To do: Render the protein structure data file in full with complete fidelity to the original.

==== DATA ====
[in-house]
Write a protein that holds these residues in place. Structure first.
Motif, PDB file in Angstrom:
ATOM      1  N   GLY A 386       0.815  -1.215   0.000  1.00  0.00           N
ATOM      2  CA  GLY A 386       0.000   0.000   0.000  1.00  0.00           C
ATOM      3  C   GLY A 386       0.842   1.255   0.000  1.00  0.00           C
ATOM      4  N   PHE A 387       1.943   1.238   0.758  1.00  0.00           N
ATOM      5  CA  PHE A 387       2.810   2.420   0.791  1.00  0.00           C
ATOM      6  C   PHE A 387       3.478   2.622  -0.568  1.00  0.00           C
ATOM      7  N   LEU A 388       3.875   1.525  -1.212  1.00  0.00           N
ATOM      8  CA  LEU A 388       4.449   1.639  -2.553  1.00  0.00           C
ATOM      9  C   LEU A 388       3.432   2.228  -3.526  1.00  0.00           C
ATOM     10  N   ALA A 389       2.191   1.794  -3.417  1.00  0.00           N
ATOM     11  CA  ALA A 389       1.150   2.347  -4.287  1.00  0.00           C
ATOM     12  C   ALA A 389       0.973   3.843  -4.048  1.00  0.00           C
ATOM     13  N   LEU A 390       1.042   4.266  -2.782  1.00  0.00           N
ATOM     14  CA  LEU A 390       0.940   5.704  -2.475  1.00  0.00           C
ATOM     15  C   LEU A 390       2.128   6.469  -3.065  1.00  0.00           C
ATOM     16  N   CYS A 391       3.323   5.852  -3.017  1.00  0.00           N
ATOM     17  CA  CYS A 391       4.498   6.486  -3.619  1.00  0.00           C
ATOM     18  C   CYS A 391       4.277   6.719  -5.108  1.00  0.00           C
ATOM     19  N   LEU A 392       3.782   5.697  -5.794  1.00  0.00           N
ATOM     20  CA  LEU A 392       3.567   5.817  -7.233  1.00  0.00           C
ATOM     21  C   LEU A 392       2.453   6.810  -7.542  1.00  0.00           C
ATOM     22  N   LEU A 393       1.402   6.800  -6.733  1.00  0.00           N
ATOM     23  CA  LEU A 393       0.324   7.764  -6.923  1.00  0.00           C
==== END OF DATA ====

[in-house]
Write a protein that holds these residues in place. Structure first.
Motif, PDB file in Angstrom:
ATOM      1  N   GLY A 386       0.815  -1.215   0.000  1.00  0.00           N
ATOM      2  CA  GLY A 386       0.000   0.000   0.000  1.00  0.00           C
ATOM      3  C   GLY A 386       0.842   1.255   0.000  1.00  0.00           C
ATOM      4  N   PHE A 387       1.943   1.238   0.758  1.00  0.00           N
ATOM      5  CA  PHE A 387       2.810   2.420   0.791  1.00  0.00           C
ATOM      6  C   PHE A 387       3.478   2.622  -0.568  1.00  0.00           C
ATOM      7  N   LEU A 388       3.875   1.525  -1.212  1.00  0.00           N
ATOM      8  CA  LEU A 388       4.449   1.639  -2.553  1.00  0.00           C
ATOM      9  C   LEU A 388       3.432   2.228  -3.526  1.00  0.00           C
ATOM     10  N   ALA A 389       2.191   1.794  -3.417  1.00  0.00           N
ATOM     11  CA  ALA A 389       1.150   2.347  -4.287  1.00  0.00           C
ATOM     12  C   ALA A 389       0.973   3.843  -4.048  1.00  0.00           C
ATOM     13  N   LEU A 390       1.042   4.266  -2.782  1.00  0.00           N
ATOM     14  CA  LEU A 390       0.940   5.704  -2.475  1.00  0.00           C
ATOM     15  C   LEU A 390       2.128   6.469  -3.065  1.00  0.00           C
ATOM     16  N   CYS A 391       3.323   5.852  -3.017  1.00  0.00           N
ATOM     17  CA  CYS A 391       4.498   6.486  -3.619  1.00  0.00           C
ATOM     18  C   CYS A 391       4.277   6.719  -5.108  1.00  0.00           C
ATOM     19  N   LEU A 392       3.782   5.697  -5.794  1.00  0.00           N
ATOM     20  CA  LEU A 392       3.567   5.817  -7.233  1.00  0.00           C
ATOM     21  C   LEU A 392       2.453   6.810  -7.542  1.00  0.00           C
ATOM     22  N   LEU A 393       1.402   6.800  -6.733  1.00  0.00           N
ATOM     23  CA  LEU A 393       0.324   7.764  -6.923  1.00  0.00           C